Keeping Track of Used and Unused Camera Batteries

Do you use a camera that takes AA, AAA rechargeable batteries? Do you have trouble keeping track of which batteries are fully charged and which need to be recharged?

I have developed a method that is simple and effective. I use one of the plastic cases that generally comes with batteries if you purchase them online or via mail order. You can purchase these cases separately as well.

Below is a picture of the case and you will notice that I have two arrows on the outside of the case. These are made with indelible marker. When the plus terminals of the batteries are facing in the same direction as the arrow, the batteries are charged.

Batteries with plus terminal up-charged

When a battery is used up, the terminal goes down. Thus the in the picture below, the battery with the yellow arrow is still charged while the battery with the red arrow needs charging.

Batteries charged and uncharged

When I travel with the batteries, I use a rubber band around the case to avoid a mess if the case should be dropped. That way the batteries don’t go dancing across the floor. Good luck separating them at that point without using a meter. Rubber bands from broccoli in the supermarket produce department are ideal for this!

Battery case with rubber band

If this isn’t “your style”, you can click the link to see how Nick Minore has found a different way to solve this problem.

STATUS QUOtes — 20150228

“Life being what it is, one dreams of revenge.” — Paul Gauguin

“What moves those of genius, what inspires their work is not new ideas, but their obsession with the idea that what has already been said is still not enough.” — Eugène Delacroix

“You create a good future by creating a good present.” — Eckhart Tolle

“People who fly into a rage always make a bad landing.” — Will Rogers

Pickleball TipBit: Third Shot Options, Deb Harrison

When hearing from Pickleball coaches or reading books about Pickleball strategies, it is often professed that the third shot drop shot is the “gold standard” of play.

What that means is that after the serve, the opposing team returns serve and the serving team should then drop the ball into the non-volley zone (the kitchen). This is a good strategy for many occasions, but it is also a hard shot to make repeatedly without much practice.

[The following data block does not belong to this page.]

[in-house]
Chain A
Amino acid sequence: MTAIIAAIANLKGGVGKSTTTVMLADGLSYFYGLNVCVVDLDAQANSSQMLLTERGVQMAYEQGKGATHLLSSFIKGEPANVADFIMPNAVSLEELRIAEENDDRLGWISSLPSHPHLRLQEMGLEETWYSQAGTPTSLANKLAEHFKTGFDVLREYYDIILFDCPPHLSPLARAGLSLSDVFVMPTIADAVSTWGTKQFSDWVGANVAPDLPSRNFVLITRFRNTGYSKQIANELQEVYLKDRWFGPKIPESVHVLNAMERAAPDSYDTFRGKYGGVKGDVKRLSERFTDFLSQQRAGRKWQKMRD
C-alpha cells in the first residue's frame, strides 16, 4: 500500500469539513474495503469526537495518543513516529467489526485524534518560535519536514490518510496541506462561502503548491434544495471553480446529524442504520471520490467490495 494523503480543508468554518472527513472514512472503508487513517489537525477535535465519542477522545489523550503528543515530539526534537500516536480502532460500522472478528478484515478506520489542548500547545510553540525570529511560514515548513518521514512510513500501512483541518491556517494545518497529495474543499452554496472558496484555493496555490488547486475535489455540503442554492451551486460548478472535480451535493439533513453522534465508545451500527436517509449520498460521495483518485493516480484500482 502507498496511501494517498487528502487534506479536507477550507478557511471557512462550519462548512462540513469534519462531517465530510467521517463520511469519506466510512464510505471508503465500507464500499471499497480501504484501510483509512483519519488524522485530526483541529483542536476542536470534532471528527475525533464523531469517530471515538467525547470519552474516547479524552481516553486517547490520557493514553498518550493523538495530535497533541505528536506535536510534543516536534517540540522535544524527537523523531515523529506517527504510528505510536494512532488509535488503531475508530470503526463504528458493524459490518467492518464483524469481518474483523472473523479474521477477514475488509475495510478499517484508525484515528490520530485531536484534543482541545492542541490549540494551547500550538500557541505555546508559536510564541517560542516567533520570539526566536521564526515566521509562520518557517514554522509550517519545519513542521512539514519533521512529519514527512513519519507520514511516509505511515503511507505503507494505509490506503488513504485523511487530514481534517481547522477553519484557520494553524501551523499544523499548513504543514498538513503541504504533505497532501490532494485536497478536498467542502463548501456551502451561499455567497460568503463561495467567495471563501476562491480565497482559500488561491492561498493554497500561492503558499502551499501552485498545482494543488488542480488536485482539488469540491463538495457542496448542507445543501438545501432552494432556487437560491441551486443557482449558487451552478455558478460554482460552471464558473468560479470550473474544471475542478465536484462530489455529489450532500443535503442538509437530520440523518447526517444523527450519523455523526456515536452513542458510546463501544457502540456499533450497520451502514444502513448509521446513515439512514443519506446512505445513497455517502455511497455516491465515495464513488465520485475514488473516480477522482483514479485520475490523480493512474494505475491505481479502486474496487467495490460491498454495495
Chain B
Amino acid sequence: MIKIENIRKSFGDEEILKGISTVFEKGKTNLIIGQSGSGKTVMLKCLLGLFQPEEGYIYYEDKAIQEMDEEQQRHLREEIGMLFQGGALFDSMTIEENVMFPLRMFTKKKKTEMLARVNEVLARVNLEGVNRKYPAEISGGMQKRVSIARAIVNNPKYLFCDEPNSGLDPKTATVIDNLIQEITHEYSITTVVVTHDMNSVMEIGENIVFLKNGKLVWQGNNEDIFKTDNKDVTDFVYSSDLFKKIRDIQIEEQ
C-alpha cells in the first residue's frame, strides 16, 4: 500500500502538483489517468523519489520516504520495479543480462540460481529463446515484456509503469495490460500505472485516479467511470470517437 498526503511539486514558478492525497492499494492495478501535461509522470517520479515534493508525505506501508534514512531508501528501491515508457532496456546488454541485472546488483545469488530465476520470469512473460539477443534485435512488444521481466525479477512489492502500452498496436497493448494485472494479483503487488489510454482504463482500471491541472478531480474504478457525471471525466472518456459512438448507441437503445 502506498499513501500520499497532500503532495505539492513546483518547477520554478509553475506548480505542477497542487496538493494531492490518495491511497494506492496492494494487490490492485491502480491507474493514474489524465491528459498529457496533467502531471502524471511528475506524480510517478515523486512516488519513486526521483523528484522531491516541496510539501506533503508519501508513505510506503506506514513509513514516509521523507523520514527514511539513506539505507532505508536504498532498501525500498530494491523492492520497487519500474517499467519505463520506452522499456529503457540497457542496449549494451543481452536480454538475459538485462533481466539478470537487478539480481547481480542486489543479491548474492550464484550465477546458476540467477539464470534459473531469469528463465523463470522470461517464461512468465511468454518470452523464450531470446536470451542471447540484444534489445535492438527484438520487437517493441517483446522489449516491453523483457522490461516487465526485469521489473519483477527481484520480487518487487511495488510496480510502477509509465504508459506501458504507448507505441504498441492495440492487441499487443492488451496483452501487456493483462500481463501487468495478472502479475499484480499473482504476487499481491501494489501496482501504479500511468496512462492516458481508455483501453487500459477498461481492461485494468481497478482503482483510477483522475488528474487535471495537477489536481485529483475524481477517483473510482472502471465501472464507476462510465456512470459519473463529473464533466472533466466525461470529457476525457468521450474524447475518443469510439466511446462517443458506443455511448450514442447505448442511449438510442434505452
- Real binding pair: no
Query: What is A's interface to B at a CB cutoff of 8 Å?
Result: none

Another point to consider is that the opposing team might “catch” on to this ploy and begin to move up on the ball.

Having a variety of third shot options might help. Deb Harrison’s Pickleball Tip Bit (video below) offers some ideas in this area.

STATUS QUOtes — 20150227

“There are truths which one can only say after having won the right to say them.” — Jean Cocteau

“Success is not counted by how high you have climbed but by how many people you brought with you.” — Wil Rose

“The trail is the thing, not the end of the trail. Travel too fast, and you miss all you are traveling for.” — Louis L’Amour

“True terror is to wake up one morning and discover that your high school class is running the country.” — Kurt Vonnegut

Moments in Time: I Am Photographer

Photographer Jeff Hirsch has created this one minute video to explain why photographers do what they do. As he notes, photographers can “seize the moment” and “freeze time.” As I once explained to one of my photography students decades ago: “In the picture you create, there is a world that will never again appear in that exact juxtaposition; ever!”

This is a fast moving video, but watch all the beautiful pictures fly by and admire the sights and “captures” that Jeff Hirsch has seen and made.

Words & Images by Jeff Hirsch:
Music: “The Time To Run” by Dexter Britain.
CC (Creative Commons) License

STATUS QUOtes — 20150226

“We lose ourselves AND find ourselves in the things we love [ed].” — Kristin Martz

“Being clear about exactly what you want is the first and most fundamental place you need to go to make anything better.” – Tony Robbins

“Our freedom can be measured by the number of things we can walk away from.” — Vernon Howard

“Some folks are wise and some are otherwise.” — Tobias Smollett

STATUS QUOtes — 20150225

“In hours of bliss we oft have met:
They could not always last;
And though the present I regret,
I’m grateful for the past.” — William Congreve

“The pain passes, but the beauty remains.” — Pierre-Auguste Renoir

“A grateful heart is a magnet for the positive [ed].” — Unknown

“That pleasure which can be safely indulged in is the least inviting.” ― Ovid

Pickleball: Spot Drops, Deb Harrison

SOME NOTES: The audio is a bit low in parts of this video, so listen closely and turn up the sound. Deb reviews the variety of dinks already covered in previous videos; see the elephant dink here:

Deb Harrison shows us how to get the opponent out of their comfort zone by changing the type of dinks used. One drill she demonstrates is the hot spot drill where she can go anywhere with her dinks, but her two practice partners need to keep the ball on her half of the court.

Another very important point that is reinforced is to FACE THE BALL when you can!

“Having the ability to place your pickleball dinks at different spots on the court, moving your opponent out of their comfort zone, is critically important to improving your game. Learn how to drill to hone this skill.”

STATUS QUOtes — 20150224

“The years teach much which the days never know.” — Ralph Waldo Emerson

“A long habit of not thinking a thing is wrong gives it a superficial appearance of being right.” — Thomas Paine

“The wise does at once what the fool does at last.” — Baltasar Gracian

“When you sit with a nice girl for two hours, you think it’s only a minute. But when you sit on a hot stove for a minute, you think it’s two hours. That’s relativity.” — Albert Einstein